From “Mere Discipleship:
Growing in Wisdom and Hope”
by Alister E. McGrath, b.1953
Part of the process of Christian discipleship is the cultivation of theological attentiveness, which helps us to deliberately see things from the perspective of faith and savour what we find.
The American novelist Henry Miller captured this point well when he noted that “the moment one gives close attention to anything, even a blade of grass, it becomes a mysterious, awesome, indescribably magnificent world in itself.”
Christ’s command to “consider the lilies of the field” (Matt. 6:28-29) is an excellent example of the outcome of such attentiveness, paralleled in some ways by Geoffrey Chaucer’s “Ode to a Daisy.” More recently, Gerard Manley Hopkins’s poem “God’s Grandeur” models a theologically principled and spiritually fruitful attentiveness to the created order, arising from a disciplined Christian engagement with the world of nature.
This way of thinking and seeing is a habit of mind, something that is to be practised and cultivated. It is nourished by reading Scripture and inhabiting the worship-shaped world of the church, in which the Christian story is constantly presented and represented. Yet this is not something that we merely absorb passively; we must actively develop it, deliberately and consciously asking how we might deepen our understanding of our faith. This is what I hope we might find, but fear that we all too often do not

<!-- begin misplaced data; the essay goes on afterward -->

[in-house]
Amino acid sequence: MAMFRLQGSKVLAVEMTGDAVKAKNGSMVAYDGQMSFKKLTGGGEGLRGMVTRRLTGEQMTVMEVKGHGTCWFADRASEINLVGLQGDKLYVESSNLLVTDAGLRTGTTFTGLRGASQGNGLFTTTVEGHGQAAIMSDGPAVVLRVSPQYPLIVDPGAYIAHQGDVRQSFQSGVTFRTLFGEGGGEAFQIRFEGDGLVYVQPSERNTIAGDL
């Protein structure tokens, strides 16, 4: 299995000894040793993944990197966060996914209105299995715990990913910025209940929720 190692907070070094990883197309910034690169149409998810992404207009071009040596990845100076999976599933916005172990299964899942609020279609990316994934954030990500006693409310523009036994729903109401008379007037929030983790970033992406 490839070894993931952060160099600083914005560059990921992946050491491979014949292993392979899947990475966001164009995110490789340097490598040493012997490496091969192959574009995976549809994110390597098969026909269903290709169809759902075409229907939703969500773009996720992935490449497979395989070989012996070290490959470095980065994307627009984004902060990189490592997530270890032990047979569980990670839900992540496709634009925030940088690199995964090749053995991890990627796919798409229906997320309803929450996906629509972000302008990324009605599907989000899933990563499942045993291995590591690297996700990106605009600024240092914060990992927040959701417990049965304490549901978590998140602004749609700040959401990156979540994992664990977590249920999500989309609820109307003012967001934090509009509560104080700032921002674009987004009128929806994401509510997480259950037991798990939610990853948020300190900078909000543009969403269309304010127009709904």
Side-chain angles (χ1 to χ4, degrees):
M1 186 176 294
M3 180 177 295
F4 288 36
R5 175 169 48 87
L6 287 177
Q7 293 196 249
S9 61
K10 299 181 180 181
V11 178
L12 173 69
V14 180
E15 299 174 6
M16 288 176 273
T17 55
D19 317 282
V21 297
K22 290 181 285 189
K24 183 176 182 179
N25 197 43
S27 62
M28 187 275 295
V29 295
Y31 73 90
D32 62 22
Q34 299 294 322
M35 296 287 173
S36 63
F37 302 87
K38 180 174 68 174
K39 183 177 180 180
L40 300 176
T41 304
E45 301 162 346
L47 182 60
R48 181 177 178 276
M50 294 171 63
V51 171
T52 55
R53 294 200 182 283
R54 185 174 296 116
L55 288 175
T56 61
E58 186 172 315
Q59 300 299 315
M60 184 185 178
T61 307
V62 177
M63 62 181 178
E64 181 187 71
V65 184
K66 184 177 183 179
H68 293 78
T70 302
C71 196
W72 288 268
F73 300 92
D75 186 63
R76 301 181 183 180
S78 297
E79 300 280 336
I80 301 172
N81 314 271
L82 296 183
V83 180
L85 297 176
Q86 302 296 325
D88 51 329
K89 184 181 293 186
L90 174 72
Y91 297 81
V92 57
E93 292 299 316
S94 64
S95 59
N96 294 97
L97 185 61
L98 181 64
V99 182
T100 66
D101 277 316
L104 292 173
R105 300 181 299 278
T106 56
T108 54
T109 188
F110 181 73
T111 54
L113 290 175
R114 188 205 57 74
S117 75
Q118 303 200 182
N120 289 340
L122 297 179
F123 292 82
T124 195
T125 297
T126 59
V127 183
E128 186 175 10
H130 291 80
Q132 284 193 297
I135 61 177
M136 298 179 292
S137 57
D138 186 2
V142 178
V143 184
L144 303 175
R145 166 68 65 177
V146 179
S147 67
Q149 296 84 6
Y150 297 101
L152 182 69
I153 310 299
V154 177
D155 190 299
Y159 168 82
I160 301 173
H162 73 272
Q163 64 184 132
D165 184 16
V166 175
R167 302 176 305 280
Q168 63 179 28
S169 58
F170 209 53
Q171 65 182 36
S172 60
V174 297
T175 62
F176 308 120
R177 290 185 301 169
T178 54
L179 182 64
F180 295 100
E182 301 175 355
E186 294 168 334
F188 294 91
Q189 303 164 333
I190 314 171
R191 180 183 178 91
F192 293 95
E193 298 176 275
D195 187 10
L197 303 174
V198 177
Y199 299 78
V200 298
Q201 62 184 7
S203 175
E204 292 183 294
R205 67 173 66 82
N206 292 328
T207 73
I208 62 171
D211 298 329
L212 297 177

Christianity gives us a new set of spectacles through which we see the world, allowing us to discern its deeper logic. The world is illuminated by the light of the gospel and interpreted by the believing mind. This process of “seeing” involves both intellectual analysis and value judgments. It is not a set of principles that are learned by heart and regurgitated on demand. Rather, it is an acquired mode of reflection, a habit of thinking, that is both commended and embodied in the Christian story.
The Christian faith enables us to see the world in a manner that transcends the empirical. It offers us theoretical spectacles that allow us to behold things in such a way that we are able to rise above the limits of the observable and move into the richer realm of discerned meaning and value. The natural world thus becomes seen and interpreted as God’s creation, bearing the subtle imprint of its maker. We see not only the empirical reality of the world but also its deeper value and true significance.